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Now that I understand it better, I have to admit my initial thoughts may have been an over-reaction.


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That often happens. Especially with you. But, what is the topic?


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Oh, sorry! Remember when you forwarded me the email from that woman who had read about our detour into the world of Criminal Justice on our website, and she said, "I just wanted to encourage you to consider changing the language a bit." At first, I rolled my eyes, but then I got annoyed.


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I remember the email but have no idea why you would get annoyed. It was not a random email from nowhere. She and I are both members of the Texas Women's Justice Coalition, although she is much more active as, for me, it is a learning experience. Plus, since she had been incarcerated, she has a very different perspective than I do.


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I wasn't questioning her credibility; I was annoyed because we've gone above and beyond to make it clear that we have open minds in terms of the criminal justice population – male and female. In fact, thanks to you, I went from a "lock 'em up and throw away the key" mentality to seeing them not as bad people, but people who have made bad choices.


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OK, but now I'm really confused as to why you were annoyed. It is not like you are only willing to help people on "the outside" but not when they are "inside".


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No, that's not what I'm saying. It's that initially, I thought to myself, gee, we've done all this – and for free – and it's some of the most rewarding work we've done, yet we're being criticized for using the word "offender"?! Seriously? One word!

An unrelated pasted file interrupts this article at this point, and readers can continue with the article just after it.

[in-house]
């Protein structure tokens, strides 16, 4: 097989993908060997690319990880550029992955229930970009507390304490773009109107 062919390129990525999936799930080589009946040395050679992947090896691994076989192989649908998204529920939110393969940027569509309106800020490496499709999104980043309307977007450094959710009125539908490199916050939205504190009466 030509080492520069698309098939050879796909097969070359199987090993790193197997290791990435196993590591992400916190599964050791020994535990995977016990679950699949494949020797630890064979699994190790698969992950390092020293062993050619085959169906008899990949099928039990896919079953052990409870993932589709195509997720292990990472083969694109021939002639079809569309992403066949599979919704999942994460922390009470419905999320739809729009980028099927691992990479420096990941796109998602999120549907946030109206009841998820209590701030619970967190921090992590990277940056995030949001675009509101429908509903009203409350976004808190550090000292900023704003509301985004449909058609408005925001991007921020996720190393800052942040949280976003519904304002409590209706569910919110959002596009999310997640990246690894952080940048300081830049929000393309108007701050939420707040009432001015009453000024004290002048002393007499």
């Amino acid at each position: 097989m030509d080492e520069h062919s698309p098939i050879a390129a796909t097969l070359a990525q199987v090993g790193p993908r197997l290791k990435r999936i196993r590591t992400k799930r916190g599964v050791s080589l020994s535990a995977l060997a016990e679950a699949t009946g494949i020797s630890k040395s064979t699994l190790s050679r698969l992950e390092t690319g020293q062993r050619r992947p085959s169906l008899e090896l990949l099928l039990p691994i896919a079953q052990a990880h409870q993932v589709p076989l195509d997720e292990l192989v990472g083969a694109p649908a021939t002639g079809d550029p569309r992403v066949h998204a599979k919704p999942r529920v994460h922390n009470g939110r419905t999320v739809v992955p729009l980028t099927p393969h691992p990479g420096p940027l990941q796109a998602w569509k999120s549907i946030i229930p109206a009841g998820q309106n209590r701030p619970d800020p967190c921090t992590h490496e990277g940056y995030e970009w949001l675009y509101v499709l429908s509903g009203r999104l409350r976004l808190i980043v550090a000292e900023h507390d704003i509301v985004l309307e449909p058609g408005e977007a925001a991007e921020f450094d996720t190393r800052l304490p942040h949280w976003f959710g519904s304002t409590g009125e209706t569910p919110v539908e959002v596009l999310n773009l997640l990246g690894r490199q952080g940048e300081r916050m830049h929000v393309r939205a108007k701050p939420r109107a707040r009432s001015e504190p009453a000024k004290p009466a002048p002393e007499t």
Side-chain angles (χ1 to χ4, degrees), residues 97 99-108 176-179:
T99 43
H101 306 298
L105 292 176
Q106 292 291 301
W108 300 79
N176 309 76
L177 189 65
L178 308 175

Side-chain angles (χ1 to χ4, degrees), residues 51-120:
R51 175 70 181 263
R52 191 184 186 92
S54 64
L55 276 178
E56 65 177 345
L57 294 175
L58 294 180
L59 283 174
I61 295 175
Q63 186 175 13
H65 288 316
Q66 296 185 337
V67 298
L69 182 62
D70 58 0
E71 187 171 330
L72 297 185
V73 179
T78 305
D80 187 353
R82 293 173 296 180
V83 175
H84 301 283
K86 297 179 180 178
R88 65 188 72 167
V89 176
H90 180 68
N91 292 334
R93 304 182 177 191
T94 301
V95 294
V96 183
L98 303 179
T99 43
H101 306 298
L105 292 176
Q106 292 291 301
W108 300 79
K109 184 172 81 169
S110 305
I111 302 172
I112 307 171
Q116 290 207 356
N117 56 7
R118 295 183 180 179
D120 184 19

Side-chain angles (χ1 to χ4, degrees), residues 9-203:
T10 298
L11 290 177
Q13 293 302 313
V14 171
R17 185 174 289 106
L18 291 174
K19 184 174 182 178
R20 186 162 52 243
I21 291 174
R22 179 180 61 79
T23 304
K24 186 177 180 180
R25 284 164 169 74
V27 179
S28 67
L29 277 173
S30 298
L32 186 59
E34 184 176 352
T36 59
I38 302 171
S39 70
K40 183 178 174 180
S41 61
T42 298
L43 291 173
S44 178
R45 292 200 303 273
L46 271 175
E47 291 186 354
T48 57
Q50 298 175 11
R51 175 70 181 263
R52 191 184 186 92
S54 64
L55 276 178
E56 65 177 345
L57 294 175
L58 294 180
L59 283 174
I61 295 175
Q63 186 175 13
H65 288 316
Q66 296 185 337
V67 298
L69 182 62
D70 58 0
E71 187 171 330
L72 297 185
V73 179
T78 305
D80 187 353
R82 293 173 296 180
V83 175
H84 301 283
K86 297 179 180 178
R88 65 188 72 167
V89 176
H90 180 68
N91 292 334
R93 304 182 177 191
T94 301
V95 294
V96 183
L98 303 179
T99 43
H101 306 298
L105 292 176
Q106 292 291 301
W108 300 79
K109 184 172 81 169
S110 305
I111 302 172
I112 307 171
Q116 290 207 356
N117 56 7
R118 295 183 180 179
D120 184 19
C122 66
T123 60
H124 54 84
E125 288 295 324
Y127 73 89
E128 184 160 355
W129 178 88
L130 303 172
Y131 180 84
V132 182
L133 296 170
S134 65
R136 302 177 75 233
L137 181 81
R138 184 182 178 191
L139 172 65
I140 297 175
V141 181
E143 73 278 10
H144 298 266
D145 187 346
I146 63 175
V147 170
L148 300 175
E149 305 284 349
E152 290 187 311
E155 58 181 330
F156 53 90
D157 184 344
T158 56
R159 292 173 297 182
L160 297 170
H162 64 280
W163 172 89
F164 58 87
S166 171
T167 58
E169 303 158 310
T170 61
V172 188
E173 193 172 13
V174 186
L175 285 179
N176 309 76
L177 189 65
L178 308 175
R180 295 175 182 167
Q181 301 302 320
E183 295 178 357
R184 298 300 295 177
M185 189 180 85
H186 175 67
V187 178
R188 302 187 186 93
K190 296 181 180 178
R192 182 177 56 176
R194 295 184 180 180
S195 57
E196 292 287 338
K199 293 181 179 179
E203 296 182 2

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Yes, but she followed up by explaining how when we referred to them as "offenders" before seeing them as "people", it was contextually appropriate. However, by continuing to use the word "offender" it "perpetuates the dehumanization of the people in the minds of your readers."


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But one word?! I felt like she was ignoring everything else we said and being overly sensitive to one word!


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Sounds like you are the one being overly sensitive. Regardless, that one word has connotations, and conjures up images and stereotypes and misconceptions. It defines the person by their crimes and punishments, ignoring everything else. Words are powerful, so should always be used carefully, especially in criminal justice situations, where there is already such strong bias by both the media and society.


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I understand that. Now. The fact you thought it important enough to change the language on our website so quickly helped. Plus, the Marshall Project article you forwarded helped me understand that just because your intentions may be good, your choice of words can be damaging.


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I never realized that the word "offender" could be offensive (sorry, could not resist), as are other words such as "inmate" or "prisoner." But if changing it to "person who is incarcerated" can help change mindsets and attitudes, it seems an easy thing to do.